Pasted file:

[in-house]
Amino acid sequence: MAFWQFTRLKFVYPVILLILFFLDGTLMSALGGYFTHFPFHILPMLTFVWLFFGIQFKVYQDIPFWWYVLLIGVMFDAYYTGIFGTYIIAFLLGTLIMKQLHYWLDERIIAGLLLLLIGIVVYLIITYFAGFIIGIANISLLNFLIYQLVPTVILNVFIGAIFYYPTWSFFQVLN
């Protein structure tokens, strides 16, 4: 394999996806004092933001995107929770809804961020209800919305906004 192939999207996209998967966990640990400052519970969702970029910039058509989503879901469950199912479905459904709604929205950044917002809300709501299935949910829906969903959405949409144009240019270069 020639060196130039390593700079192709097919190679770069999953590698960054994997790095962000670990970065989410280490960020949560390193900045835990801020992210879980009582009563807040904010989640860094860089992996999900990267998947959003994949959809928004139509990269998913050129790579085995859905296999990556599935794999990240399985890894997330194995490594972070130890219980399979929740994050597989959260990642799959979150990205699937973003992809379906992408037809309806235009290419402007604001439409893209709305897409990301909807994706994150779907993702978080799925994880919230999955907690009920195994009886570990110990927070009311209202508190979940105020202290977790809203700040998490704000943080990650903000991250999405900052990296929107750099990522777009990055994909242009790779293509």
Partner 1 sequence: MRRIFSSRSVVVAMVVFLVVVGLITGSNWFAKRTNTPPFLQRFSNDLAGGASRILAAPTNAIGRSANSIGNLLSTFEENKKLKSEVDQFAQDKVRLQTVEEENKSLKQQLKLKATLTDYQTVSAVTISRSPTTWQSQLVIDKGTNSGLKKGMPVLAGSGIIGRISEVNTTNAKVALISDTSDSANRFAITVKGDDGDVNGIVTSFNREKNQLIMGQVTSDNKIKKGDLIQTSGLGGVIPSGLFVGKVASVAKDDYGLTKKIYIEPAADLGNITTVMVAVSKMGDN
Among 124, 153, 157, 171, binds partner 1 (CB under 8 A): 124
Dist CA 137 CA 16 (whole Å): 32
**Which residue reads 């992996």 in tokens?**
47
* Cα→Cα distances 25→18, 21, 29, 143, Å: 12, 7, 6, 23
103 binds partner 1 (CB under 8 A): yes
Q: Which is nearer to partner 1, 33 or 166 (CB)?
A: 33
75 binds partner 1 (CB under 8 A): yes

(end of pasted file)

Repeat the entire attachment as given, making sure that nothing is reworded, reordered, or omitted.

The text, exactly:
[in-house]
Amino acid sequence: MAFWQFTRLKFVYPVILLILFFLDGTLMSALGGYFTHFPFHILPMLTFVWLFFGIQFKVYQDIPFWWYVLLIGVMFDAYYTGIFGTYIIAFLLGTLIMKQLHYWLDERIIAGLLLLLIGIVVYLIITYFAGFIIGIANISLLNFLIYQLVPTVILNVFIGAIFYYPTWSFFQVLN
């Protein structure tokens, strides 16, 4: 394999996806004092933001995107929770809804961020209800919305906004 192939999207996209998967966990640990400052519970969702970029910039058509989503879901469950199912479905459904709604929205950044917002809300709501299935949910829906969903959405949409144009240019270069 020639060196130039390593700079192709097919190679770069999953590698960054994997790095962000670990970065989410280490960020949560390193900045835990801020992210879980009582009563807040904010989640860094860089992996999900990267998947959003994949959809928004139509990269998913050129790579085995859905296999990556599935794999990240399985890894997330194995490594972070130890219980399979929740994050597989959260990642799959979150990205699937973003992809379906992408037809309806235009290419402007604001439409893209709305897409990301909807994706994150779907993702978080799925994880919230999955907690009920195994009886570990110990927070009311209202508190979940105020202290977790809203700040998490704000943080990650903000991250999405900052990296929107750099990522777009990055994909242009790779293509």
Partner 1 sequence: MRRIFSSRSVVVAMVVFLVVVGLITGSNWFAKRTNTPPFLQRFSNDLAGGASRILAAPTNAIGRSANSIGNLLSTFEENKKLKSEVDQFAQDKVRLQTVEEENKSLKQQLKLKATLTDYQTVSAVTISRSPTTWQSQLVIDKGTNSGLKKGMPVLAGSGIIGRISEVNTTNAKVALISDTSDSANRFAITVKGDDGDVNGIVTSFNREKNQLIMGQVTSDNKIKKGDLIQTSGLGGVIPSGLFVGKVASVAKDDYGLTKKIYIEPAADLGNITTVMVAVSKMGDN
Among 124, 153, 157, 171, binds partner 1 (CB under 8 A): 124
Dist CA 137 CA 16 (whole Å): 32
**Which residue reads 């992996």 in tokens?**
47
* Cα→Cα distances 25→18, 21, 29, 143, Å: 12, 7, 6, 23
103 binds partner 1 (CB under 8 A): yes
Q: Which is nearer to partner 1, 33 or 166 (CB)?
A: 33
75 binds partner 1 (CB under 8 A): yes